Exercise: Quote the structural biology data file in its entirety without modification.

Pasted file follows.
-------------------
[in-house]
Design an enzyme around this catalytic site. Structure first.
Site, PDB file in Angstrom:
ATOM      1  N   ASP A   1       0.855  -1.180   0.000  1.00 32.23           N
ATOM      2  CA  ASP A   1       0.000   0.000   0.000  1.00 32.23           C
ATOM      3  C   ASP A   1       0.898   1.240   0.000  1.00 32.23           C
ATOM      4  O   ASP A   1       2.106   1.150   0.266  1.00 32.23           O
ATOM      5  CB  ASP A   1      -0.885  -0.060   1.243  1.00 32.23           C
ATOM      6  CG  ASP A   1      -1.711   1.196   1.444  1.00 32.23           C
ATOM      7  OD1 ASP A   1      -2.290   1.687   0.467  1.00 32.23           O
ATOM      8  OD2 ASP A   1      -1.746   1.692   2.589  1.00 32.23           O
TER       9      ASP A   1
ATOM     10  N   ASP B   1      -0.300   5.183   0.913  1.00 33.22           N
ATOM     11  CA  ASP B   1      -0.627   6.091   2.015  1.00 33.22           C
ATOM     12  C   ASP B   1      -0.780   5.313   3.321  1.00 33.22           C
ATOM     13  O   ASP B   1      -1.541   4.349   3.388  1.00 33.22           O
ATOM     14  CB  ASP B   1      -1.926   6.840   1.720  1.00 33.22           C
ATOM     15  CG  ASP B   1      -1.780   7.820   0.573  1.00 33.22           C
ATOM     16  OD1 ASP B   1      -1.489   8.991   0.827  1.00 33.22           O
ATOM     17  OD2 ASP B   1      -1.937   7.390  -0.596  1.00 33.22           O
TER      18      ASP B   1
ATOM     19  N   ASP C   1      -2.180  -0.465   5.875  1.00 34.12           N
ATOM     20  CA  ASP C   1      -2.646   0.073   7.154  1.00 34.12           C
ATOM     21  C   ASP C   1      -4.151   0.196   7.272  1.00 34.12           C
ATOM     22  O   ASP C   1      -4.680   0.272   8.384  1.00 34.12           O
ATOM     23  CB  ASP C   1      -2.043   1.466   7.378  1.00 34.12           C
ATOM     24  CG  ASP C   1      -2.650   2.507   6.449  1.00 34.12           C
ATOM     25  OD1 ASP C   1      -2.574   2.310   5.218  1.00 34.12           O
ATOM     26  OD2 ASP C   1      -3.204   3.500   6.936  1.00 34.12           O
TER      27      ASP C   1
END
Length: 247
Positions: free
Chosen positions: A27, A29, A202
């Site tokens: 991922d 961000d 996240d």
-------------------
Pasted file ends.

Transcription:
[in-house]
Design an enzyme around this catalytic site. Structure first.
Site, PDB file in Angstrom:
ATOM      1  N   ASP A   1       0.855  -1.180   0.000  1.00 32.23           N
ATOM      2  CA  ASP A   1       0.000   0.000   0.000  1.00 32.23           C
ATOM      3  C   ASP A   1       0.898   1.240   0.000  1.00 32.23           C
ATOM      4  O   ASP A   1       2.106   1.150   0.266  1.00 32.23           O
ATOM      5  CB  ASP A   1      -0.885  -0.060   1.243  1.00 32.23           C
ATOM      6  CG  ASP A   1      -1.711   1.196   1.444  1.00 32.23           C
ATOM      7  OD1 ASP A   1      -2.290   1.687   0.467  1.00 32.23           O
ATOM      8  OD2 ASP A   1      -1.746   1.692   2.589  1.00 32.23           O
TER       9      ASP A   1
ATOM     10  N   ASP B   1      -0.300   5.183   0.913  1.00 33.22           N
ATOM     11  CA  ASP B   1      -0.627   6.091   2.015  1.00 33.22           C
ATOM     12  C   ASP B   1      -0.780   5.313   3.321  1.00 33.22           C
ATOM     13  O   ASP B   1      -1.541   4.349   3.388  1.00 33.22           O
ATOM     14  CB  ASP B   1      -1.926   6.840   1.720  1.00 33.22           C
ATOM     15  CG  ASP B   1      -1.780   7.820   0.573  1.00 33.22           C
ATOM     16  OD1 ASP B   1      -1.489   8.991   0.827  1.00 33.22           O
ATOM     17  OD2 ASP B   1      -1.937   7.390  -0.596  1.00 33.22           O
TER      18      ASP B   1
ATOM     19  N   ASP C   1      -2.180  -0.465   5.875  1.00 34.12           N
ATOM     20  CA  ASP C   1      -2.646   0.073   7.154  1.00 34.12           C
ATOM     21  C   ASP C   1      -4.151   0.196   7.272  1.00 34.12           C
ATOM     22  O   ASP C   1      -4.680   0.272   8.384  1.00 34.12           O
ATOM     23  CB  ASP C   1      -2.043   1.466   7.378  1.00 34.12           C
ATOM     24  CG  ASP C   1      -2.650   2.507   6.449  1.00 34.12           C
ATOM     25  OD1 ASP C   1      -2.574   2.310   5.218  1.00 34.12           O
ATOM     26  OD2 ASP C   1      -3.204   3.500   6.936  1.00 34.12           O
TER      27      ASP C   1
END
Length: 247
Positions: free
Chosen positions: A27, A29, A202
């Site tokens: 991922d 961000d 996240d």